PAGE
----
Toronto & Vancouver are asset bubbles formed via China’s Hot Money Launderers since 08 and the restructuring that China’s Central Bank engaged in to survive the post-08 apocalypse. The Hot Money Laundering had to be stopped in CANADA and the knock-on effects have to be endured in order to mute the formation of a Bimodal Distribution of housing in CANADA. Allowing Vancouver & Toronto to speculate with Chinese Hot Money Launderers via the unscrupulous shenanigans of the unethical Real Estate Sector was just a recipe for Financial Disaster for the working class of service sector workers in these regions of CANADA. The name of the game for Central Planners is to achieve some semblance of equilibrium for average Canadians with respect to Mobility in CANADA. Service Sector workers must be able to afford living within the regions they work in or the entirety of these regions will suffer from the very inefficiency Liberal Intensification has wrought over time in these regions.

    CANADA cannot afford to pay the working class service sector workers a living wage based upon housing costs exemplified via the bimodal distribution of costs across the board. Regulatory intervention was very necessary with respect to Vancouver & Toronto given where they were going after the Chinese Hot Money Launderers started scrambling out of mainland China. Regulating their collective movements is necessary for the entire world going forward. The USA has the same conundrum and I would advise the USA to deal with the Hot Money Launderers in the same manner as CANADA has dealt with them.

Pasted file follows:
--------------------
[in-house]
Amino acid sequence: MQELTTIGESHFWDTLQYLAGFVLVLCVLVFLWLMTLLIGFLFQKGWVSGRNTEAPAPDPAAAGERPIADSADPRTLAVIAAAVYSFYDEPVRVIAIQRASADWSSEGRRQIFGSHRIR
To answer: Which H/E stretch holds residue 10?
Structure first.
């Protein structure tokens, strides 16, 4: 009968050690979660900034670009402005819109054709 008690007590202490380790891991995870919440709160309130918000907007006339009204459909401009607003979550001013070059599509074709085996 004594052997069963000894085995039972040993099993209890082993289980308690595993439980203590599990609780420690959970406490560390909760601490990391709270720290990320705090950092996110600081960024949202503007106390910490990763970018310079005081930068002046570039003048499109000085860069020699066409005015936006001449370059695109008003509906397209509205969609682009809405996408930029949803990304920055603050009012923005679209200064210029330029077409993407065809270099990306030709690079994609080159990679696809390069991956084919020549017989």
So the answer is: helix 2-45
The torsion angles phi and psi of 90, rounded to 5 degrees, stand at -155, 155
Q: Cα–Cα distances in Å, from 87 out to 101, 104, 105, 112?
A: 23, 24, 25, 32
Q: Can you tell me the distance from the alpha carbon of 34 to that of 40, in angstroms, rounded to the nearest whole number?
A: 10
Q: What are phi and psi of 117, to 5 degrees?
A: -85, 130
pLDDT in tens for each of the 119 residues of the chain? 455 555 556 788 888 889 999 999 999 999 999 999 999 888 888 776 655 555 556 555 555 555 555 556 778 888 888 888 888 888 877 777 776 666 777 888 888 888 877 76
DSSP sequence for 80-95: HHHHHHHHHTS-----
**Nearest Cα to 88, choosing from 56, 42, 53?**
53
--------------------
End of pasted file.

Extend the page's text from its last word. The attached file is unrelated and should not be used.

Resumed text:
RW

  12. Augusto
    Jul 26, 2018 at 8:50 pm

    I’m in Calgary, and they keep putting up cheap condo’s (you got to see how this stuff is built) even though its so obvious we are overbuilt. A lot of condos here are rented out now(or rather for rent-some are empty, waiting tenants). There are a lot of property investor/speculators in the condo market (including some friends), but with rising interest rates I wonder if they will have to dump them. Potential homeowners are starting to avoid buying and renting instead- to wait and see. You go into the downtown of Calgary and the office buildings are half empty from the oil industry debacle. So you wonder, since oil jobs make this town, who is renting let alone buying. Anyways, townhouse condo’s and small-medium size houses seem to be doing okay, expensive homes and condo apartments sit and wait.